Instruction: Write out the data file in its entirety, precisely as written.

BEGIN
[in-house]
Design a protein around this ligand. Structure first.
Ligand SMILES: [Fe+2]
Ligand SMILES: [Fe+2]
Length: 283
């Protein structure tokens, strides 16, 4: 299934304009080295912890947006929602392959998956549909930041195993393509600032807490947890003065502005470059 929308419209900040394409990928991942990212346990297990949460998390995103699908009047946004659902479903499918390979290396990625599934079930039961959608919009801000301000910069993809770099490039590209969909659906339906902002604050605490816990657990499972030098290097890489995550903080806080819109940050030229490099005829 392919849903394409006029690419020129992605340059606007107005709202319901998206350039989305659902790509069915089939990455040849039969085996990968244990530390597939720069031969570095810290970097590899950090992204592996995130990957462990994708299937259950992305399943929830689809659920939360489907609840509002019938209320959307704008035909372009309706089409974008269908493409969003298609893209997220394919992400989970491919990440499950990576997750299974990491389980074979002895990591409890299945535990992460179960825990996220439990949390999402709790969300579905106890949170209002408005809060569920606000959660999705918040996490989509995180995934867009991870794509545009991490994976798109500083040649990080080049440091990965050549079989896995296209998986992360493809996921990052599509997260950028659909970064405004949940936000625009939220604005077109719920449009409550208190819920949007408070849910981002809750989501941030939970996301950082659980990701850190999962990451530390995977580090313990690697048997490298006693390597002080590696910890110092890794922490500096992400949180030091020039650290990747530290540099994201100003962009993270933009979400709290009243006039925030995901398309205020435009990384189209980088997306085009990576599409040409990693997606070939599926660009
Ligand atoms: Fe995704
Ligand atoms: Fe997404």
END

[in-house]
Design a protein around this ligand. Structure first.
Ligand SMILES: [Fe+2]
Ligand SMILES: [Fe+2]
Length: 283
């Protein structure tokens, strides 16, 4: 299934304009080295912890947006929602392959998956549909930041195993393509600032807490947890003065502005470059 929308419209900040394409990928991942990212346990297990949460998390995103699908009047946004659902479903499918390979290396990625599934079930039961959608919009801000301000910069993809770099490039590209969909659906339906902002604050605490816990657990499972030098290097890489995550903080806080819109940050030229490099005829 392919849903394409006029690419020129992605340059606007107005709202319901998206350039989305659902790509069915089939990455040849039969085996990968244990530390597939720069031969570095810290970097590899950090992204592996995130990957462990994708299937259950992305399943929830689809659920939360489907609840509002019938209320959307704008035909372009309706089409974008269908493409969003298609893209997220394919992400989970491919990440499950990576997750299974990491389980074979002895990591409890299945535990992460179960825990996220439990949390999402709790969300579905106890949170209002408005809060569920606000959660999705918040996490989509995180995934867009991870794509545009991490994976798109500083040649990080080049440091990965050549079989896995296209998986992360493809996921990052599509997260950028659909970064405004949940936000625009939220604005077109719920449009409550208190819920949007408070849910981002809750989501941030939970996301950082659980990701850190999962990451530390995977580090313990690697048997490298006693390597002080590696910890110092890794922490500096992400949180030091020039650290990747530290540099994201100003962009993270933009979400709290009243006039925030995901398309205020435009990384189209980088997306085009990576599409040409990693997606070939599926660009
Ligand atoms: Fe995704
Ligand atoms: Fe997404």